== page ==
By Scott Strasser, November 22 2016 —
University of Calgary drama students are upset with the state of their workspace in the basement of Craigie Hall — a week after it became public that the U of C’s deferred maintenance bill currently nears half a billion dollars.
Members of the Drama Undergraduate Society (DUS) discussed several issues that students in the department have with the building’s deteriorating conditions at a club meeting on Nov. 18.
Now 50 years old, Craigie Hall has a controversial history at the U of C wrought with asbestos scandals, insect infestations and occasional student backlash over the state of the facility.
Third-year drama student and DUS president Jocelyn Spielman said she sometimes feels the university doesn’t care about the drama department as much as others.
“The university as a whole just puts us down here and doesn’t seem to care, especially when other faculties are getting brand new stuff it doesn’t seem they totally need,” she said. “We’re just down here wanting functional bathrooms and not water-stained tiles.”
Issues cited at the Nov. 18 meeting included broken or malfunctioning toilets, chipped wall paint, mouldy walls and ceilings, electrical plug-ins that don’t work and exposed wires, among others.
The students also brought up a ceiling collapse in the basement that occurred over the summer.
“They recently fixed it, but in a women’s bathroom there used to be a giant hole in the ceiling. There are often toilets that don’t work. It’s just less than ideal conditions,” Spielman said.
Student backlash over Craigie Hall is not new. In 2005, then-Students’ Union fine arts representative Dustyn Richardson brought some of the building’s issues to light when he made a short-film featuring complaints from fine arts students. Gripes at that time included speakers not working, soundproofing falling off walls, ceiling leaks, sparking electrical outlets and broken heating in some of the music practice rooms.
At the Nov. 18 meeting, fourth-year drama student Danelle White said ventilation in Craigie Hall’s basement is sometimes shut off after 5:00 p.m., meaning the classrooms can become dusty when students continue working there into the evening.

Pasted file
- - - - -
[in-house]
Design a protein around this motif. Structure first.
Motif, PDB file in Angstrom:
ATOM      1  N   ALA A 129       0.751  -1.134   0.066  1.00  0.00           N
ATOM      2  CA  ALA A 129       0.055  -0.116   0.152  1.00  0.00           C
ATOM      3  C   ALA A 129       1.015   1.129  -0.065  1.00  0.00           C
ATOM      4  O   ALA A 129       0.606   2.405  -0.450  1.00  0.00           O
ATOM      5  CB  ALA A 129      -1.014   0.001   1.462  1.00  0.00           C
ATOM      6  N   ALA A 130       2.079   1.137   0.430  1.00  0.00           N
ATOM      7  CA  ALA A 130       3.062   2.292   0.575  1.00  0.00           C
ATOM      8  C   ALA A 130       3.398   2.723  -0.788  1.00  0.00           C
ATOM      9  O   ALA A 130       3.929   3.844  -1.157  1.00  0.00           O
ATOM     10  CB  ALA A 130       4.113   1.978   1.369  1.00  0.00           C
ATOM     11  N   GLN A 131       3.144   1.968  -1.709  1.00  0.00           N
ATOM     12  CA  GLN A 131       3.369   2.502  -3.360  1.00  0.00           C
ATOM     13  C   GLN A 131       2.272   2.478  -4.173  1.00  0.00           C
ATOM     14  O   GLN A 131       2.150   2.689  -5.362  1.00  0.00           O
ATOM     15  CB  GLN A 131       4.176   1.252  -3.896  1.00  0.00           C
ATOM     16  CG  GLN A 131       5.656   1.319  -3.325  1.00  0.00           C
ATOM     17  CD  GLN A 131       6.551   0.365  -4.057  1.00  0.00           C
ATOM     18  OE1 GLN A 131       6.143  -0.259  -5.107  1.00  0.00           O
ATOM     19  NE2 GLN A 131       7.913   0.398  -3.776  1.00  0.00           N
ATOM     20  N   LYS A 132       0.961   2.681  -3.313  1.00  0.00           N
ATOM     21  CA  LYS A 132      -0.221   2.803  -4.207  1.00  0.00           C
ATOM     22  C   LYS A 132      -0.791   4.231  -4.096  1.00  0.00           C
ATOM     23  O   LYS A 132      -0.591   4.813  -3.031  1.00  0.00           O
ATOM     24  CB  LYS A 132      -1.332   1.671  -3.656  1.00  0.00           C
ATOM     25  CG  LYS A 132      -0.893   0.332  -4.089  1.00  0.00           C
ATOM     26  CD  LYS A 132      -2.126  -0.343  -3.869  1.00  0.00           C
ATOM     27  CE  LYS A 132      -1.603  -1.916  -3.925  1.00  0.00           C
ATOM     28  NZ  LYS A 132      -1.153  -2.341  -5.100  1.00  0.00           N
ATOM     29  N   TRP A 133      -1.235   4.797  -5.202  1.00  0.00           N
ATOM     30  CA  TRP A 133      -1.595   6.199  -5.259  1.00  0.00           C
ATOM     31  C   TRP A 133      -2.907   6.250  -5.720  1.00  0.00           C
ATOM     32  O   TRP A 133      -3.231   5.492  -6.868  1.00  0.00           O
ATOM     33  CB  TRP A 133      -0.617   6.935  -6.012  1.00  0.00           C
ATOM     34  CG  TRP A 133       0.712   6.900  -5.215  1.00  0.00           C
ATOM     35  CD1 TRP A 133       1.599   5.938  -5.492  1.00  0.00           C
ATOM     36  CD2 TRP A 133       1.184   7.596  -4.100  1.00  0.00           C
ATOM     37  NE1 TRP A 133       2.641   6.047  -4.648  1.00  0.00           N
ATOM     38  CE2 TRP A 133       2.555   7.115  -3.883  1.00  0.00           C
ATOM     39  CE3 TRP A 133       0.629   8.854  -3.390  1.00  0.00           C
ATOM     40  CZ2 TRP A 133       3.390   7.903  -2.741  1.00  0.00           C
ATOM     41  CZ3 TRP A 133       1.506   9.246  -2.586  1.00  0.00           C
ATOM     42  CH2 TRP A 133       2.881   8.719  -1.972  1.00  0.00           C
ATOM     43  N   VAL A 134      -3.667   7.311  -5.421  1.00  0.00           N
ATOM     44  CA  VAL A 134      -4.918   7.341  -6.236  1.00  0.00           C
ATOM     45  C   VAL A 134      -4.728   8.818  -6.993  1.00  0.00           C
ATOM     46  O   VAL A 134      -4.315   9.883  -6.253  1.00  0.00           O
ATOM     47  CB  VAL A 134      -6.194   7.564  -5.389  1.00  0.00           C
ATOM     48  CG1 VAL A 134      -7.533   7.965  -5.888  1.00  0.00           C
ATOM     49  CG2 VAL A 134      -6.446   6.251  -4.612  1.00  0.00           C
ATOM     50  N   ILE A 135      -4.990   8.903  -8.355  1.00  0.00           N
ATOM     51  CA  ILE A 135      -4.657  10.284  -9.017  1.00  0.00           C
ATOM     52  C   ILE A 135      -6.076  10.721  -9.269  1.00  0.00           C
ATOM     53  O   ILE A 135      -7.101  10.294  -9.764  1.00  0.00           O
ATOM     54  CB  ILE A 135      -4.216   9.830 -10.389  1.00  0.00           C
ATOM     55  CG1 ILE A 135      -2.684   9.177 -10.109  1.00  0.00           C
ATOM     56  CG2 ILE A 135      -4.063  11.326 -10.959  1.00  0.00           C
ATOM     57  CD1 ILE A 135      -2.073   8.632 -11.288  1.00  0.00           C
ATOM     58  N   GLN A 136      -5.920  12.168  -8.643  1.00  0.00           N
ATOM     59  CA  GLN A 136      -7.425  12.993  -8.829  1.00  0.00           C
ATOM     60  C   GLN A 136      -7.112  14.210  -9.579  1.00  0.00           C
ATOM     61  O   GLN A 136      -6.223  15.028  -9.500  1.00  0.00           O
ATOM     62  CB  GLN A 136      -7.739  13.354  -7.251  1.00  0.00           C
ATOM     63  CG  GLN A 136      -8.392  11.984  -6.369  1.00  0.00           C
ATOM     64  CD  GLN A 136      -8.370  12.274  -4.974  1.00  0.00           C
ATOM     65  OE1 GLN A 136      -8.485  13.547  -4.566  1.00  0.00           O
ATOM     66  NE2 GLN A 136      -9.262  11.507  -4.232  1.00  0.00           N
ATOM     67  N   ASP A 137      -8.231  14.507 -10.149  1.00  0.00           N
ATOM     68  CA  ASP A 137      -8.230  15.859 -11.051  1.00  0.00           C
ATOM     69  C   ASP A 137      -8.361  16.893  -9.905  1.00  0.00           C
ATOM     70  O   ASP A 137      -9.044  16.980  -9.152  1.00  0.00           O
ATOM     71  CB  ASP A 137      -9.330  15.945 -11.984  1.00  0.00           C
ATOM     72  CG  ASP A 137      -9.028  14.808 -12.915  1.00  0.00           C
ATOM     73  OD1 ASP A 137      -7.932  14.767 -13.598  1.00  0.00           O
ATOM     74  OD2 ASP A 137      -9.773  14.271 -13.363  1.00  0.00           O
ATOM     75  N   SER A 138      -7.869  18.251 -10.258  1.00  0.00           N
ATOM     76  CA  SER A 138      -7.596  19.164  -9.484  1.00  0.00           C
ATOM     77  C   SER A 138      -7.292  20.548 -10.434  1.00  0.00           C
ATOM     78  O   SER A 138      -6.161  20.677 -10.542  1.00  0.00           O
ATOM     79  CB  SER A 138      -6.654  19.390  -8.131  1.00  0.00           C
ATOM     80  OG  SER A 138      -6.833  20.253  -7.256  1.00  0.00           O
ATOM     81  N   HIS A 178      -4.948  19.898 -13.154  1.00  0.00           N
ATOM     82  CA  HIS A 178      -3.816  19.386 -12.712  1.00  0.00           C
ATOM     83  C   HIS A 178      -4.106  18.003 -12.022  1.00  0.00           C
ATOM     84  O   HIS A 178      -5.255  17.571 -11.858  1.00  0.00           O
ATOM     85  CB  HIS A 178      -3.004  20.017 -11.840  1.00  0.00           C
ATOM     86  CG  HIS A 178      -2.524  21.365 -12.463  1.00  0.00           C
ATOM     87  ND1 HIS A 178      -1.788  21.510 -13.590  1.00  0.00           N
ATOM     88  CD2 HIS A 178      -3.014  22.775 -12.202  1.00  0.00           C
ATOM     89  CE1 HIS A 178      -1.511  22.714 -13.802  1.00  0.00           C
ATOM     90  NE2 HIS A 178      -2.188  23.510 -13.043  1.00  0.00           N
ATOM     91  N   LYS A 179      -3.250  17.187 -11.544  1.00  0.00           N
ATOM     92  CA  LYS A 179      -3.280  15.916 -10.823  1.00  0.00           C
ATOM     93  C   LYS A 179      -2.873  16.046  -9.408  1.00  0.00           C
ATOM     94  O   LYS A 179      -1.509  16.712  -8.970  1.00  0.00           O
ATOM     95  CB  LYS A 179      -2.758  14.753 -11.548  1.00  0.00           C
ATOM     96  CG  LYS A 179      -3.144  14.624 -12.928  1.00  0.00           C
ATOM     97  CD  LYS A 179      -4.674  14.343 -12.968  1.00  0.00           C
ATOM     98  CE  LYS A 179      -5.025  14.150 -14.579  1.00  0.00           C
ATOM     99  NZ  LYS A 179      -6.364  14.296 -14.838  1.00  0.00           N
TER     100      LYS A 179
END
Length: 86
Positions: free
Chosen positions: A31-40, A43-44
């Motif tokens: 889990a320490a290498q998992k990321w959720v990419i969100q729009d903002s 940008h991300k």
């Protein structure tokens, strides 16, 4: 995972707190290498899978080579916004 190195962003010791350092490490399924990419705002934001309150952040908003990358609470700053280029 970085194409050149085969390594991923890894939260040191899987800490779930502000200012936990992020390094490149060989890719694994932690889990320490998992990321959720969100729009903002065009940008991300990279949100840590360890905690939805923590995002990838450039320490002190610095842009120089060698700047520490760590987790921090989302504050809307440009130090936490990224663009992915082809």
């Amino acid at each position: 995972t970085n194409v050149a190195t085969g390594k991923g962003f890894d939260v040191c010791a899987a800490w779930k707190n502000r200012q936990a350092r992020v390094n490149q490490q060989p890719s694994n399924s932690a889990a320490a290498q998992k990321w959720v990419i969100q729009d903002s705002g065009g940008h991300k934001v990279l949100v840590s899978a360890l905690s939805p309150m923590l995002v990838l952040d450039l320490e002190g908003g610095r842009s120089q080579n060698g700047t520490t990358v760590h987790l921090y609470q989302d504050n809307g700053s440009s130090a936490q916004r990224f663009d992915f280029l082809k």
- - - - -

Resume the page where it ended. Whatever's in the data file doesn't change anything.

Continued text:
“The spaces aren’t necessarily cleaned frequently,” White said. “They’re quite dirty. I have a dust allergy [and] I often go home with my face red because it’s not being taken care of.”
First-year drama student Aaron Walsh said he hadn’t fully realized the extent of Craigie Hall’s infrastructure issues before enrolling at the U of C.
“I’d been in Craigie before I came here but I hadn’t really seen some of the spaces. To be honest, I was pretty disappointed — besides our theatres — when I came down here to see the actual workspaces,” Walsh said.
The DUS meeting comes shortly after a Postmedia story that reported the U of C’s price tag for deferred maintenance is currently pegged at $490 million — a $9-million increase from a March 2015 estimate, according to a recent U of C Management and Discussion Analysis.
Deferred maintenance includes postponements of infrastructural repairs and facility upkeep.
U of C associate vice-president facilities development Boris Dragicevic says deferred maintenance at the university is looked at campus-wide, meaning no particular building has priority over others — though the bulk of the U of C’s deferred maintenance projects take place in the campus’ older buildings.
“Deferred maintenance to us is a piece we have to address in every building at all times on an ongoing basis,” Dragicevic said. “We own these buildings forever and they’re not going away, so we can’t put it off or focus on a [single] building.”
Much of the funding for deferred maintenance falls at the hands of the Alberta government through the Infrastructure Maintenance Program (IMP). This year, the New Democratic Party government increased the U of C’s IMP funding for 2016–17 from $10.9 million to over $14 million.
Dragicevic said the U of C is aware of Craigie Hall’s problems and that in the coming year, the university plans to invest over $1 million into the facility.
“Right now, I think we have two washroom renos underway there. That’s part of that core area we’ll be going in to address,” he said. “We’re not ignoring [Craigie Hall] and we definitely take it seriously, like every other building on campus.”
But some DUS members are not convinced the $1-million investment will be able to fix all the issues in the drama department’s workspaces.
“I don’t think it’s geared necessarily towards [us],” third-year drama student Michael Luong said. “It’s going to go towards linguistics, the upper-level floors. The basement floor where a lot of us hang out and have classes may not necessarily be touched. They did renovations to the washrooms upstairs but the ones down here are still crap.”
Dragicevic said maintenance work is based on the needs of a building and not specific programs or faculties.
“We prioritize work based on a balanced approach to all needs, with safety being first and foremost,” he said.
Dragicevic said the university has a system for building occupants to bring forth maintenance requests.
“We collect this information through our Customer Care Centre and our online request systems called Archibus,” Dragicevic said.
According to U of C facilities management, there were 10,532 work requests in Craigie Hall between May 2010 and August 2016. Those requests cost the U of C approximately $2.1 million and equated to around 20,500 hours of labour.
A previous version of this article stated that deferred maintenance needs at the U of C increased by $40 million between March 2015 and the present. The increase over that time was actually $9 million. The Gauntlet apologizes to readers for this error.